MLB Hall of Fame: Final thoughts on the 2017 class

As we all know by now, the 2017 MLB Hall of Fame inductees have been announced. I don’t take issues with a single one of them. I was always a fan of Jeff Bagwell, it was nearly impossible not to love Tim Raines, and despite the fact that Ivan Rodriguez had huge question marks surrounding him, his defense since he was a 17 year old minor leaguer was undeniable.

So, what about the rest of the ballot? That’s really where there are some question marks.

As you know, I am a member of the IBWAA who conducts their own votes annually, and as always, I share those votes and why I did it. For the record, I have no issue with players from the Steroid Era getting into the Hall of Fame, which is why I voted for both Barry Bonds and Roger Clemens the past two seasons. My primary reasons are two-fold.

  • The ring leader, Bud Selig, is now in the Hall of Fame. Selig and MLB wanted the Mitchell Report, the results of the Mitchell Report were that everyone shares the blame, including the commissioner, and now said commissioner is in the Hall of Fame.
  • The problem with assuming that there were good guys during the Steroid Era is short-sighted. How many times did you hear about Derek Jeter failing a drug test? What about Ken Griffey, Jr? Or Chipper Jones? Here’s the better question you have to ask. How many time did you hear about players PASSING a drug test? We have no idea of who was tested or who wasn’t, so if we are going to label the entire Era the Steroid Era, you can’t pick or choose. Everyone did it (at least let’s just assume). They were very much part of the game, a part of the game that no one seemed to mind when it was happening, even though we saw guys in front of our faces grow from bean poles to giants (some were literally Giants).

But that is my opinion. Others have their own, and it is just a justifiable as mine. It will be an ongoing debate for a few more years, but we are that much closer to the day it will be forgotten.

Jose Canseco agrees.

Anyway, let’s get back to it.

Who is the best of the rest?

Bonds and Clemens have seen their stock rise each year, and now at their highest percentages ever, they are a year, maybe two away. The problem for them will be to get enough to come around by next season because there are a few sure-fire guys on the list (Chipper Jones and Jim Thome come to mind). The fact that Trevor Hoffman fell one percent short shows he will be a threat to them as well.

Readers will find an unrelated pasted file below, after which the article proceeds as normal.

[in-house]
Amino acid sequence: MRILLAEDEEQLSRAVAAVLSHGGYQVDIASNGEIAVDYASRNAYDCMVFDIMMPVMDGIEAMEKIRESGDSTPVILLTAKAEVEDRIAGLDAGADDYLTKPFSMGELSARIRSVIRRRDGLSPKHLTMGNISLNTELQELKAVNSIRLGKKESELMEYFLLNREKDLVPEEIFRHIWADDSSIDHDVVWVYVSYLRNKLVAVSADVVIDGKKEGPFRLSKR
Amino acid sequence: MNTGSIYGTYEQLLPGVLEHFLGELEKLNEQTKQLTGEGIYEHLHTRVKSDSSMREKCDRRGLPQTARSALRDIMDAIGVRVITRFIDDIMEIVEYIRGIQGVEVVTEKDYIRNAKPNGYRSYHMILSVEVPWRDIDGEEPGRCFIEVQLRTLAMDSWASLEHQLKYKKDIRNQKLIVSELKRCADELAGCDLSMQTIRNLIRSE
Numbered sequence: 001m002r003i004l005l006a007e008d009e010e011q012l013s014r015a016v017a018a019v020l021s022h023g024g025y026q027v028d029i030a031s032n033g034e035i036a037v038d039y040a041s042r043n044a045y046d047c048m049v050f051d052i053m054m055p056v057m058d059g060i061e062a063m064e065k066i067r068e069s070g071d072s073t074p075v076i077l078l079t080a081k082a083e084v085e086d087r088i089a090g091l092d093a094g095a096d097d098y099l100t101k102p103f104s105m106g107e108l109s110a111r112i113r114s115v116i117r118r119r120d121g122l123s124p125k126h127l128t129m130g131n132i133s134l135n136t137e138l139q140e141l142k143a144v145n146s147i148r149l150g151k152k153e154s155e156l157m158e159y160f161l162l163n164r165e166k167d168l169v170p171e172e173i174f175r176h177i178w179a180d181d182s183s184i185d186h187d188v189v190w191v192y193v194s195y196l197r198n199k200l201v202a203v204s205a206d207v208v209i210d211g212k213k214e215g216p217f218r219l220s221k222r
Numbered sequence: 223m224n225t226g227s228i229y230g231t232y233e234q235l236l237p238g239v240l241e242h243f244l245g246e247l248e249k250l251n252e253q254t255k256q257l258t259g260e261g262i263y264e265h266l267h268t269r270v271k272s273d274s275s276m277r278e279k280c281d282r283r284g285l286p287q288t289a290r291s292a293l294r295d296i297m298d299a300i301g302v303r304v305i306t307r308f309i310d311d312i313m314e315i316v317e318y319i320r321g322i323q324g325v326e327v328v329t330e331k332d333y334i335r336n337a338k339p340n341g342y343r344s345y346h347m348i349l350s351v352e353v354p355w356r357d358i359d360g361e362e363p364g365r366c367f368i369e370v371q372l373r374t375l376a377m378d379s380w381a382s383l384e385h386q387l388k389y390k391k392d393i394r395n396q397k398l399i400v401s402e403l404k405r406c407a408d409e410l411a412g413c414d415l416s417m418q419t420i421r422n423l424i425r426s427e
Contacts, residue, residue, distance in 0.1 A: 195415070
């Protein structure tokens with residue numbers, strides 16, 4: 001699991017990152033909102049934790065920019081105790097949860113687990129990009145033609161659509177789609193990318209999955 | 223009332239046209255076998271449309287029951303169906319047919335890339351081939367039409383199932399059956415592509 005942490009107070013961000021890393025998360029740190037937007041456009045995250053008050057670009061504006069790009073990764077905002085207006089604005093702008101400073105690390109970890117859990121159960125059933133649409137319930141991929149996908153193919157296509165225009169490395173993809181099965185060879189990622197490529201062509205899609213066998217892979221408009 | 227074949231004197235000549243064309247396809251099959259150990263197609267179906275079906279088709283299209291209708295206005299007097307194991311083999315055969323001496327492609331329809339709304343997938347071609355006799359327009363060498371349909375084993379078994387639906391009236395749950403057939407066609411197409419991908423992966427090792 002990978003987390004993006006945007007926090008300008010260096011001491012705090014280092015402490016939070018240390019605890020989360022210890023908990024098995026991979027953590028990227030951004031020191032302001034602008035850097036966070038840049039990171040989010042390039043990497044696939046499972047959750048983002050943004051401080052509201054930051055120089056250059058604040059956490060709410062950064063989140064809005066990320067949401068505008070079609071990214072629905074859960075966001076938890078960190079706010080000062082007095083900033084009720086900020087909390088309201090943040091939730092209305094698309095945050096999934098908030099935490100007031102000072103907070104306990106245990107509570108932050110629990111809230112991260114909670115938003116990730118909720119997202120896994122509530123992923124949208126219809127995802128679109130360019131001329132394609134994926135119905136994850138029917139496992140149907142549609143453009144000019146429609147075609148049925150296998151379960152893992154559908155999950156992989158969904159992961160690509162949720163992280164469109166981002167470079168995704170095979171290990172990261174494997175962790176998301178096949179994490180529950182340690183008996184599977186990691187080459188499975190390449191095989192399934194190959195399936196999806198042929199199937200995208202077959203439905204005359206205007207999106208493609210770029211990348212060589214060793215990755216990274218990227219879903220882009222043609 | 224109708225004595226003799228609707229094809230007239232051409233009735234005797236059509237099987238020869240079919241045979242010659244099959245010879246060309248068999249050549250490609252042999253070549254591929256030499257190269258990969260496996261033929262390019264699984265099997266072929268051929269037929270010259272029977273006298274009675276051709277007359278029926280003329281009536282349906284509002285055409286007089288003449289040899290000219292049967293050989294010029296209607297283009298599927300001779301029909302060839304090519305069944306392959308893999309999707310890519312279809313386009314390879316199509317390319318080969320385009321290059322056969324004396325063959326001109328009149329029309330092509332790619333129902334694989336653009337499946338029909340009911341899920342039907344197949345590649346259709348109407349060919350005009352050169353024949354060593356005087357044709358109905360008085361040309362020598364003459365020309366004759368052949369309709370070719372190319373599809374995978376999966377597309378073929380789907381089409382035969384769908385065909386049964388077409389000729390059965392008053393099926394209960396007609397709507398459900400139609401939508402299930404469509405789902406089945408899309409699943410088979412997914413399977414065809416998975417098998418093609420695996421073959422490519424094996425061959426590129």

And yes, I believe Trevor Hoffman belongs in the Hall of Fame. Much like I believe Ray Guy belongs in the NFL Hall of Fame. No matter how menial the job may seem to the spectator, Hoffman did it better than all but one person (and Mariano Rivera, one of the most likable players in history, will also get in). Mo and Hoffman’s numbers are insane, and I have said it before and I’ll say it again. As the more specialized bullpens become, and closers becoming interchangeable parts, NO ONE will ever come close to the numbers they put up.

Valdimir Guerrero is a no-brainer. He will likely get the four-percent of votes he needed this year by next season. He is one of those “example” guys some old-timey baseball writers use, you know, the guys who feel it’s their moral obligation to hold up the age-old numbers that are required for enshrinement. Valddy was a beast, but the fact is he didn’t have 3,000 hits or 500 home runs. It takes the voters some time to get over that (not me, I voted for him).

Now the real fun begins. If I believe that Hoffman and Rivera belong in the Hall of Fame because they were the best ever at their jobs, shouldn’t that mean I believe Edgar Martinez belongs in the Hall of Fame?


He took the DH to a new level, but he doesn’t have “the numbers”. Some will argue that had he not been a DH his career wouldn’t have been as long because a lump of coal played better defense than he did. So what? Everyone wants David Ortiz in the Hall of Fame and he wouldn’t have even come near the ball that made Bill Buckner the goat that Big Papi’s legendary home runs would finally come to atone.